Participants also commented that patients experienced relief of pain when receiving palliative chemotherapy. Gwyneth (RN) said, “The patient had severe pain, and the doctor felt that the chemotherapy would help… and it definitely did. After the first chemotherapy session, the patient was fine and couldn't believe that it had helped.” Sarah (RN) added, “I don't know if they know that their symptoms will improve…unless doctor tells them. I do think that they are sometimes amazed when their symptoms do improve, like with bone metastases that improve… when they walk with more ease…”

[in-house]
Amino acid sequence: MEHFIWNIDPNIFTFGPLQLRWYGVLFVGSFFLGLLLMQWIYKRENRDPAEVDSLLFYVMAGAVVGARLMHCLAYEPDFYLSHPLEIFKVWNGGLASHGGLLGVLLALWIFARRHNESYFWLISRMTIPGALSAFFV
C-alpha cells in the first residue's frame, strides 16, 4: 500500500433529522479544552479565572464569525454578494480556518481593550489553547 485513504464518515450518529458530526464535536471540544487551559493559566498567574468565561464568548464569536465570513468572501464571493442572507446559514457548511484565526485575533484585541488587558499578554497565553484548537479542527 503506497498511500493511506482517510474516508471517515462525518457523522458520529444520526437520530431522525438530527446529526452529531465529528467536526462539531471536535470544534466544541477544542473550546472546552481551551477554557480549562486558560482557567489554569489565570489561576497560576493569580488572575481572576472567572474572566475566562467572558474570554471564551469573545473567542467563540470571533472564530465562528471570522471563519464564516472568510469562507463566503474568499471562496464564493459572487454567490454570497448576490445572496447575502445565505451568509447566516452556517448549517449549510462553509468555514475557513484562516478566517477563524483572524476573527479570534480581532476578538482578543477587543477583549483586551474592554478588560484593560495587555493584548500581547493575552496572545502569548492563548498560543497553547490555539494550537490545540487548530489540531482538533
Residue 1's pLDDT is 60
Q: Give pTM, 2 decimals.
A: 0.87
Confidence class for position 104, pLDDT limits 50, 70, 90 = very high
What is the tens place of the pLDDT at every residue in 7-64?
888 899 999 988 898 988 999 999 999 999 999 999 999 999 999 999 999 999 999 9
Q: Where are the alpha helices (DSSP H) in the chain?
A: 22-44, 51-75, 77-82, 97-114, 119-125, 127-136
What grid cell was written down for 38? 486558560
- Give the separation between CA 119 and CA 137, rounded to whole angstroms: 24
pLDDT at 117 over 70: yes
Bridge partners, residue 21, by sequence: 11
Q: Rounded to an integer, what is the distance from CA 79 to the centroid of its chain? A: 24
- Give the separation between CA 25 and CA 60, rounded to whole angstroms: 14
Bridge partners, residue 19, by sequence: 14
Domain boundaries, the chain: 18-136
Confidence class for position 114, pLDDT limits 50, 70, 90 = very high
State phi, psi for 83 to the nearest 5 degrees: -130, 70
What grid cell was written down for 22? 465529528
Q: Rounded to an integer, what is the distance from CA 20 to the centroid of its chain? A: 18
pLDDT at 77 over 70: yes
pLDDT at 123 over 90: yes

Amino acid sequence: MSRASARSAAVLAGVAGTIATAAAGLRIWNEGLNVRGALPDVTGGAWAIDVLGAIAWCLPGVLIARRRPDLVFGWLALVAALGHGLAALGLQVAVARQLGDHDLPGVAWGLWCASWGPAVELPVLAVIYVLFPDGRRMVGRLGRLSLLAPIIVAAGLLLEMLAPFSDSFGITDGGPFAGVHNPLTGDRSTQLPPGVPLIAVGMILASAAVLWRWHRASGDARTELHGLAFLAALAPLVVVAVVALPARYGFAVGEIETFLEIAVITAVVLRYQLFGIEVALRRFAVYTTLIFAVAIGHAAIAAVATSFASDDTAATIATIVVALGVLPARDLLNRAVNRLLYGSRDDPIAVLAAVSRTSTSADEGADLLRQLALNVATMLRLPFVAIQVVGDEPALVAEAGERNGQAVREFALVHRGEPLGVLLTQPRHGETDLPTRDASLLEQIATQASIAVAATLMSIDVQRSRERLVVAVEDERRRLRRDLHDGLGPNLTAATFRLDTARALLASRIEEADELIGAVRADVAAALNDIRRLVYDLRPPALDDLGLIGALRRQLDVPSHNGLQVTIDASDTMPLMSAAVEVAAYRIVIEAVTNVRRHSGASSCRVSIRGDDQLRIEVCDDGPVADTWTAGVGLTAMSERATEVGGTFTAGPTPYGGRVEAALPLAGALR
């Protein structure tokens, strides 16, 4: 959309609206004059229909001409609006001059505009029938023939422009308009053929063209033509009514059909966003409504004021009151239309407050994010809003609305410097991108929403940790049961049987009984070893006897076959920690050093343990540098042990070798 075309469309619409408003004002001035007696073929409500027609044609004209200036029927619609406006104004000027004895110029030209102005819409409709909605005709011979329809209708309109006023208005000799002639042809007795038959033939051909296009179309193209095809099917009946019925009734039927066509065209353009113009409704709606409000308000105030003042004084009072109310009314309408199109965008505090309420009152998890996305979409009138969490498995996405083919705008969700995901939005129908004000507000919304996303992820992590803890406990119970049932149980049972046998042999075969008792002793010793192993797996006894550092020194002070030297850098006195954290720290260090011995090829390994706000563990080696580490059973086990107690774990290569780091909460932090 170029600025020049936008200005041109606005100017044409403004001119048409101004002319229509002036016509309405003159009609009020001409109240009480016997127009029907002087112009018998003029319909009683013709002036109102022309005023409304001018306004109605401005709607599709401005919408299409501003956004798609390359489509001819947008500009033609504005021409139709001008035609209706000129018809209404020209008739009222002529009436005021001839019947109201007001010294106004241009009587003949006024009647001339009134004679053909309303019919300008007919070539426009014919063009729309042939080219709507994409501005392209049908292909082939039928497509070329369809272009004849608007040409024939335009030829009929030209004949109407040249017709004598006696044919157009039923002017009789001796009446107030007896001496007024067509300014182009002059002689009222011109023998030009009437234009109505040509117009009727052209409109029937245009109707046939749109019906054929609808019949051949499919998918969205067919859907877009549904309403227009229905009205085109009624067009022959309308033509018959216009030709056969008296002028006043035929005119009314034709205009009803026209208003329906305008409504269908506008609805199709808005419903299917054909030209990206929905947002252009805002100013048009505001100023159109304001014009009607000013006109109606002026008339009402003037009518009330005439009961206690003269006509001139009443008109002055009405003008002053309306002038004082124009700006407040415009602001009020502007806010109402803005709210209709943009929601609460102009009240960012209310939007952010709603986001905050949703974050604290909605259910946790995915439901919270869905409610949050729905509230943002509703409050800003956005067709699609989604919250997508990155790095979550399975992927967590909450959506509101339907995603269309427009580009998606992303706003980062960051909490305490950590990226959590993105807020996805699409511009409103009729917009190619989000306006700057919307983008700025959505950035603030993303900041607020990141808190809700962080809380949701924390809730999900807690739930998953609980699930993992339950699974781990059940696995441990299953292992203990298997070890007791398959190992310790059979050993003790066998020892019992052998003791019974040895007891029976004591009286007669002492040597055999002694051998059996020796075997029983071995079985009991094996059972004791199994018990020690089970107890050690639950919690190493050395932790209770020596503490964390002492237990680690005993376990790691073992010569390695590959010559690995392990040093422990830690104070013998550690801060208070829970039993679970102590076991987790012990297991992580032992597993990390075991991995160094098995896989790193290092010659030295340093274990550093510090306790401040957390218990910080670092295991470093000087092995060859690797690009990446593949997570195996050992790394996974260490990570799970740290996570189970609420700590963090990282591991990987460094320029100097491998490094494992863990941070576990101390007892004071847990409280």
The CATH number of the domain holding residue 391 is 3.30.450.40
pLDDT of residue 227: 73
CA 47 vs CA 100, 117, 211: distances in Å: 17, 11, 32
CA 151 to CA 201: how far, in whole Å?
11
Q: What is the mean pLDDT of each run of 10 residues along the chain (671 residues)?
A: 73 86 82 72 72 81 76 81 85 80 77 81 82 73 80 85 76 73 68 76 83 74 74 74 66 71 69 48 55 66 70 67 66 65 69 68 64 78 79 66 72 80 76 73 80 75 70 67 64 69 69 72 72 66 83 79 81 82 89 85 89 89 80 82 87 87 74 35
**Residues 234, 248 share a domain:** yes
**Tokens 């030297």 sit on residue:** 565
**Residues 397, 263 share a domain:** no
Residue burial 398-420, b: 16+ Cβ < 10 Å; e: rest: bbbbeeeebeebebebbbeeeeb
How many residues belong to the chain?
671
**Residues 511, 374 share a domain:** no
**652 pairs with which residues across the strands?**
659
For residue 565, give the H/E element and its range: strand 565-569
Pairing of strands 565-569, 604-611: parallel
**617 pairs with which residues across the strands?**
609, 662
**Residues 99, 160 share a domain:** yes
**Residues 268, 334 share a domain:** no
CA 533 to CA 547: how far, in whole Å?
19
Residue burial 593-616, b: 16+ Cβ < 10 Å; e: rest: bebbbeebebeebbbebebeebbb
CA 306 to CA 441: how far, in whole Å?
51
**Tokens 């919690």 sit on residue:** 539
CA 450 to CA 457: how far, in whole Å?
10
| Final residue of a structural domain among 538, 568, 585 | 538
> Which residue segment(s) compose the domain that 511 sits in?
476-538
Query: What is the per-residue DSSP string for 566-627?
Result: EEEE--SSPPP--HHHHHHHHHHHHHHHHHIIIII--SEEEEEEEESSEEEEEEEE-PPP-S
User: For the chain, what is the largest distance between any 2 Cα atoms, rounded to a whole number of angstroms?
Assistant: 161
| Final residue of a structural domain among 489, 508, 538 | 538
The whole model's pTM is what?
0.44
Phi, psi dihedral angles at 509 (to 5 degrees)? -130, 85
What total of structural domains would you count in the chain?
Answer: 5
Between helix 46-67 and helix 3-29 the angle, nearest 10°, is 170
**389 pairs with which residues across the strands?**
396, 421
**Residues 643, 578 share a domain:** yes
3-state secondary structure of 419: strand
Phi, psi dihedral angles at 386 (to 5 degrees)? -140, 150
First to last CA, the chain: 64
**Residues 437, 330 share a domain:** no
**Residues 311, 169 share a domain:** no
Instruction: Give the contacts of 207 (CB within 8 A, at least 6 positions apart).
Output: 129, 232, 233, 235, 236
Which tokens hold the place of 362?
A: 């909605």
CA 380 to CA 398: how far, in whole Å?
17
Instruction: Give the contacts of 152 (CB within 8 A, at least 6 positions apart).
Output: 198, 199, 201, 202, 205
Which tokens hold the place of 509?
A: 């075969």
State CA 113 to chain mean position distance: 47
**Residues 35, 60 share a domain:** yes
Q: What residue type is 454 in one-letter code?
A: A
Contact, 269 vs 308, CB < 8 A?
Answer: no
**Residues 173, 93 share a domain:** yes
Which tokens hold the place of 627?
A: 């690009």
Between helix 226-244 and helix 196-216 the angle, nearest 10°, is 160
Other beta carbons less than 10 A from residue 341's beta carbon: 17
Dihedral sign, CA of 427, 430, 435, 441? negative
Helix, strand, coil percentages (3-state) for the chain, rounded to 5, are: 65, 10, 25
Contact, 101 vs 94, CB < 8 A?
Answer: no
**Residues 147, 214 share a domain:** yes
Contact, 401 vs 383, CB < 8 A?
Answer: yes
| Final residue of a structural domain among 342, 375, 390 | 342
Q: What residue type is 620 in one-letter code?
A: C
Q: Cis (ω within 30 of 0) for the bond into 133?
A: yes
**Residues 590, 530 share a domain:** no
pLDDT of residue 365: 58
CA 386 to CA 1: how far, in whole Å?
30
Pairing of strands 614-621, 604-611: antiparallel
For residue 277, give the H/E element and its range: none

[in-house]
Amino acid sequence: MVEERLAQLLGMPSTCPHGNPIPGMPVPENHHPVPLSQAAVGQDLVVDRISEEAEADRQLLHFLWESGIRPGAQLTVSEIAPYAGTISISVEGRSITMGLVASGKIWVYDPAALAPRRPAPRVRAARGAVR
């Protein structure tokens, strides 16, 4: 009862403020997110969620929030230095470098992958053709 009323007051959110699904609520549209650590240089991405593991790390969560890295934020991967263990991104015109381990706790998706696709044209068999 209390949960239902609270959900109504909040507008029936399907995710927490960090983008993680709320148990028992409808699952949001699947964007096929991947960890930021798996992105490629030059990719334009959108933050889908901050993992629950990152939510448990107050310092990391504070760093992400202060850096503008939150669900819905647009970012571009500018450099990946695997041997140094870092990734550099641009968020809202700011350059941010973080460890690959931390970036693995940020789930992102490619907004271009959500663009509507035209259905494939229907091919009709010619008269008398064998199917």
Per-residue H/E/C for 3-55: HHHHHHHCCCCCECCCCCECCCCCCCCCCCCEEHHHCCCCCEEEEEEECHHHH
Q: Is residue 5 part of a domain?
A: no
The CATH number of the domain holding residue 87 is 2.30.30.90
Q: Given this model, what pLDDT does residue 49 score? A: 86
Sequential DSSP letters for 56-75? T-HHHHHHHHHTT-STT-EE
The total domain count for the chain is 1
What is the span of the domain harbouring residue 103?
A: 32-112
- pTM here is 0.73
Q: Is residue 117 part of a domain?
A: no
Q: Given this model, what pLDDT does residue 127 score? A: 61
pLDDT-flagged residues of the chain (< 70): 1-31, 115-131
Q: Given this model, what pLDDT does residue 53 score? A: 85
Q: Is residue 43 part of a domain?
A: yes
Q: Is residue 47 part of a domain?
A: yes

The participants experienced that most patients had a positive attitude toward palliative 'chemotherapy and found this very positive and encouraging. Jane (RN) explained, “People are really positive. I chatted to one lady… she said 'I know there's no cure… I'm not going to be cured from this'… but she was happy to continue. Some of them do understand that they won't survive it… but for now it works for them.” Lettie (RON) said, “I think most patients are positive about palliative treatment. They come back…there's a recurrence…a progression... they come back and have more chemotherapy… they keep coming back.” Although the participants' opinion was that palliative chemotherapy improved the quality of life of patients, they were quite aware of the side effects they experienced. Fatigue was described as “ the main one,” while nausea and vomiting were not seen as prevalent problems. Sarah (RON) said, “They all complain of fatigue…especially the younger patients who still work and have young children… they can't complete daily tasks... can't cook… can't pay attention to their children…” Jill (RN) added, “These days' people don't complain so much about nausea…but fatigue… It is as if fatigue is overwhelming for most patients…they are extremely tired and sleep doesn't always help for this.”